This game involves lifting up and peeking under any and every rock you can find and exploring the world of bugs that lives underneath. Preschoolers will be thrilled by the pill bugs, worms, slugs and more that are just waiting to be discovered. The nine- and ten-year-old in the photograph below still find it exciting!

Track Animals

Go on a nature walk and look in the dirt for tracks. See if you can follow and attempt to identify various paw prints you see in the mud. And be sure to leave your own!

My son and his friend excavating behind the garage in search of bugs!

Early Elementary

Go on a Nature Scavenger Hunt

Print off one of the many checklists on Pinterest and head to the park or a woods nearby. Some lists are fairly simple and straightforward such as, find a stick, a stone, and a ladybug. Some are more involved such as, find litter, find an animal hole, or find a group of mushrooms.

Plant a Garden

Designate a small spot in the yard to dig up and allow your child ownership over the lot. Help her line the edges with rocks to divide the space. Pick out seeds at a local garden shop and consider all of the requirements for growing – sun, soil, water? Plant, tend, weed and marvel. If you plant herbs or vegetables, incorporate the crop into family dinners and your child can feel proud to have grown what you are eating.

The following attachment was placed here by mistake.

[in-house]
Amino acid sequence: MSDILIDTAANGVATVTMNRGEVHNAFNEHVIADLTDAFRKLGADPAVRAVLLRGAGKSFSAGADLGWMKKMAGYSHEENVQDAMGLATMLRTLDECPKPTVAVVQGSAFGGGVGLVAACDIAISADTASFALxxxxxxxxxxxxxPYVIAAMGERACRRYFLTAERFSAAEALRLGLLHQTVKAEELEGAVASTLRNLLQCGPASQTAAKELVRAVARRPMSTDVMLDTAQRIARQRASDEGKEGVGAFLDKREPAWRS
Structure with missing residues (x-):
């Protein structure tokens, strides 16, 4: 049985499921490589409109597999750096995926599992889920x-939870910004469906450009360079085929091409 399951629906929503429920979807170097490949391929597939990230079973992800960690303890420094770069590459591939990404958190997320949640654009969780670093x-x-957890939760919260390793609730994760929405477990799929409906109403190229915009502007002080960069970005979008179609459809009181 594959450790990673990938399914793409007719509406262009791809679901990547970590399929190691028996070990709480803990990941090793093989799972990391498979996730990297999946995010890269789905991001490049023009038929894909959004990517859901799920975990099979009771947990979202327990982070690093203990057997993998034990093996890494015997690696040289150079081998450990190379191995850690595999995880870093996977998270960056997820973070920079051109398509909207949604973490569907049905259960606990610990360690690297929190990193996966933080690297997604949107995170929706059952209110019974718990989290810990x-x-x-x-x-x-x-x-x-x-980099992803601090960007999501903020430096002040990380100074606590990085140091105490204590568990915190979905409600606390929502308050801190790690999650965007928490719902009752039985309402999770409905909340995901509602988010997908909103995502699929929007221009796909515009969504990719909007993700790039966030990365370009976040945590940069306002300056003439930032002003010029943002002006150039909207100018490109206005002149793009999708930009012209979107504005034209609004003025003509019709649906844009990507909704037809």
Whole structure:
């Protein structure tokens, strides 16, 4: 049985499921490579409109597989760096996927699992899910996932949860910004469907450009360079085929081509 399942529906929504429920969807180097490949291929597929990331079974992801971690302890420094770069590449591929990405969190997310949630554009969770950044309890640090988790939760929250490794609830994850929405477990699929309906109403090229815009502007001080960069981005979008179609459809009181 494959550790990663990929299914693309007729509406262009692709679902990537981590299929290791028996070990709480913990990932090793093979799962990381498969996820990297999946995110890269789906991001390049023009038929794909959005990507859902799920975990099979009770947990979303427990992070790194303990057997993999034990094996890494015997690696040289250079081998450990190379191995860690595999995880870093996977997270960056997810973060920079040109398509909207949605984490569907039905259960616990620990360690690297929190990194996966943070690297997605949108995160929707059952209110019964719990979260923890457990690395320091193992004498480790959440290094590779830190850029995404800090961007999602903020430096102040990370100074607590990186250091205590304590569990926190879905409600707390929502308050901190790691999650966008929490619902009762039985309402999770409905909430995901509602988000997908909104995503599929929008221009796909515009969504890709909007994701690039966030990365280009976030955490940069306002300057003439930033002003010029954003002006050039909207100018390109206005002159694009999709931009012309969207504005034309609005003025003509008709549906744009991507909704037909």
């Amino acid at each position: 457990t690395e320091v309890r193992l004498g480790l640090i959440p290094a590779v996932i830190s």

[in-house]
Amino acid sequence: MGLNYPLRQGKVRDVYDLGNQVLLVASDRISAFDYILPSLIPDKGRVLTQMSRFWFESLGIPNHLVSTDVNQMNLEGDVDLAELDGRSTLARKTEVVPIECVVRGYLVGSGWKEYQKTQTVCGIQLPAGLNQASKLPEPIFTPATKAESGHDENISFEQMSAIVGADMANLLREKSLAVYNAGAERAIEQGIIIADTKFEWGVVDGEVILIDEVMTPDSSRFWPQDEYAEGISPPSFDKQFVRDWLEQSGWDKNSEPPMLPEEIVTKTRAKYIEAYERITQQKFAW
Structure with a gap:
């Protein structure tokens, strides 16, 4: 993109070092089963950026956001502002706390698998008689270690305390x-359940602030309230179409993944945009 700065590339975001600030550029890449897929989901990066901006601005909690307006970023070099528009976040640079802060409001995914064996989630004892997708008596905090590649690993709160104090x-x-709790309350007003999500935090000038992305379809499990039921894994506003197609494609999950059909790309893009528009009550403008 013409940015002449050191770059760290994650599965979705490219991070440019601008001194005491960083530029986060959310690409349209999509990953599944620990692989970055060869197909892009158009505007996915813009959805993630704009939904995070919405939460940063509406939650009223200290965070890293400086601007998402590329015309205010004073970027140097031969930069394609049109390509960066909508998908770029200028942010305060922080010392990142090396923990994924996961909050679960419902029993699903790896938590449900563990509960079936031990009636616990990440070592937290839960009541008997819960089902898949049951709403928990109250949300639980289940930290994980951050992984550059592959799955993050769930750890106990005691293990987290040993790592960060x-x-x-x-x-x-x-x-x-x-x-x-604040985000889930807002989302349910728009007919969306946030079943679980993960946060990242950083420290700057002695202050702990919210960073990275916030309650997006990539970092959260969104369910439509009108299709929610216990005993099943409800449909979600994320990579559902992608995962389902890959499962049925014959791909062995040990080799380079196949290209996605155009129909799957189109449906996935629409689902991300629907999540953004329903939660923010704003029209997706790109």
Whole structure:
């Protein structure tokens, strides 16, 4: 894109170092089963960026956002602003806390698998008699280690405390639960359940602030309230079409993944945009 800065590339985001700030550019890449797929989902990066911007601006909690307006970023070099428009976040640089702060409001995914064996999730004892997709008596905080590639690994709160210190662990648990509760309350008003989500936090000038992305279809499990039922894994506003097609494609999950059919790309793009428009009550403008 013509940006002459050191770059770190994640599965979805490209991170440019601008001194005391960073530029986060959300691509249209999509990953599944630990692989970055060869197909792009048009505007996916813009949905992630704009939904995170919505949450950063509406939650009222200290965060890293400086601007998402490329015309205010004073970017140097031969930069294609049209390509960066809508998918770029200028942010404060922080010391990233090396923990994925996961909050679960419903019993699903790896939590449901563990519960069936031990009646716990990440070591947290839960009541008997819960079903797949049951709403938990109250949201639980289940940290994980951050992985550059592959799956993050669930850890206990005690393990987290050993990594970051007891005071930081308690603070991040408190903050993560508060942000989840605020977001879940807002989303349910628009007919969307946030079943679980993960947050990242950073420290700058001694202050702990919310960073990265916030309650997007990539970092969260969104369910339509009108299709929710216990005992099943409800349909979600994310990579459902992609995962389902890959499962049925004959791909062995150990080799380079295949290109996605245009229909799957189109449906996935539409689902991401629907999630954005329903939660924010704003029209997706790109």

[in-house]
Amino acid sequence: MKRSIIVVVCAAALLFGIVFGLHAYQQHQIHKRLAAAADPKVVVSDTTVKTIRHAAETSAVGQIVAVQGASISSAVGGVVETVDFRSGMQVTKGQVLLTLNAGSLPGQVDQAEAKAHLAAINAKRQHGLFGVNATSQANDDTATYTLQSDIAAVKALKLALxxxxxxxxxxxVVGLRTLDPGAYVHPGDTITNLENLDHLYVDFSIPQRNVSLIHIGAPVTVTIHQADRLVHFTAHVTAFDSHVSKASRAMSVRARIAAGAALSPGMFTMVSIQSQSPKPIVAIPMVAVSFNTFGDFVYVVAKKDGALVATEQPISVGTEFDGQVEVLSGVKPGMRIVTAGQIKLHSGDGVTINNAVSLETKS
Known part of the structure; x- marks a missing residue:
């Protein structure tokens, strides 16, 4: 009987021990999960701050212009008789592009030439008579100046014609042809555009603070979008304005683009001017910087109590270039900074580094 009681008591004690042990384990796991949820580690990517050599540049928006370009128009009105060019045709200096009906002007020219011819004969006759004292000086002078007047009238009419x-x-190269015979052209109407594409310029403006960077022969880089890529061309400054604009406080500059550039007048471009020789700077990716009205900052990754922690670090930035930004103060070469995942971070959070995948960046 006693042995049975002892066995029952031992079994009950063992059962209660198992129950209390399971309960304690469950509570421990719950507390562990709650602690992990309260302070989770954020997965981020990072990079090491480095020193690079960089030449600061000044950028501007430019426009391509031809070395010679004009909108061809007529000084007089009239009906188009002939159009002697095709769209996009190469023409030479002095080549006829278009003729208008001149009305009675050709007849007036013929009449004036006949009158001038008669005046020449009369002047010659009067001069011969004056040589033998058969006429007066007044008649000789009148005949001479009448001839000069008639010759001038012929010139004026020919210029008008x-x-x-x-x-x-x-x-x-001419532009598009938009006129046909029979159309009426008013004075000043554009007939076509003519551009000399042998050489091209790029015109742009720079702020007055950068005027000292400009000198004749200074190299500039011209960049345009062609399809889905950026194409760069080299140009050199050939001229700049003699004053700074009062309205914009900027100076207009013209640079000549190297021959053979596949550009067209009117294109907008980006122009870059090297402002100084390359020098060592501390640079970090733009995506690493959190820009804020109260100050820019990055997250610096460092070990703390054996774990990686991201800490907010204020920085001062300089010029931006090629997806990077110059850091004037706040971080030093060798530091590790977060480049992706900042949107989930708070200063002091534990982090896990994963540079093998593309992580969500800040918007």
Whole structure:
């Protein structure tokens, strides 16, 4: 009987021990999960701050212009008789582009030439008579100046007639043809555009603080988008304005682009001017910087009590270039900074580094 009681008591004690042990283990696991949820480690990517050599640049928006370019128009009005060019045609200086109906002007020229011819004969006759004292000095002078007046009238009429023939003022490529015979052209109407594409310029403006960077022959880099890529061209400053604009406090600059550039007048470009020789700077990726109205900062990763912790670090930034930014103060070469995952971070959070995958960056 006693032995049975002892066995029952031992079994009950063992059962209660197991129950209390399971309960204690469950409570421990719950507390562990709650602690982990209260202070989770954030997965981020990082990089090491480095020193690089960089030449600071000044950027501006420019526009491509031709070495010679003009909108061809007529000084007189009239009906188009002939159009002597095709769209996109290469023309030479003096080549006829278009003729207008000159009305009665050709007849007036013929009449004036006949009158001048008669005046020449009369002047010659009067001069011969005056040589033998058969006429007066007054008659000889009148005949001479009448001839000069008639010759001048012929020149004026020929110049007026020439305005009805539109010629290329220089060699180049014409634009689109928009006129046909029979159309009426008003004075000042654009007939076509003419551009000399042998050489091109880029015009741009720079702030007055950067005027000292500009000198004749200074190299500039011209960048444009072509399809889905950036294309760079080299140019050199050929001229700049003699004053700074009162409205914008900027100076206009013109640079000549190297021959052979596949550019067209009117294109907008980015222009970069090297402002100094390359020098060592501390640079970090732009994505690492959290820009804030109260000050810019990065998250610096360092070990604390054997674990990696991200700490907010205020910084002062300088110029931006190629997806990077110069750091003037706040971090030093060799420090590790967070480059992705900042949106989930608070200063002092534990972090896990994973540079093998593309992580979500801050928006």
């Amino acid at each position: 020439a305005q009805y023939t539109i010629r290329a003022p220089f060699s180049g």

Create a Habitat

You may select a cardboard box or else find a small place in your yard for your child to create a habitat. Consider what animals might want to live there and what they require to be happy? Will they need a water source? What kind of food will they gather? Help your child make a habitat for a local chipmunk, ant colony or mouse.

Middle to Late Elementary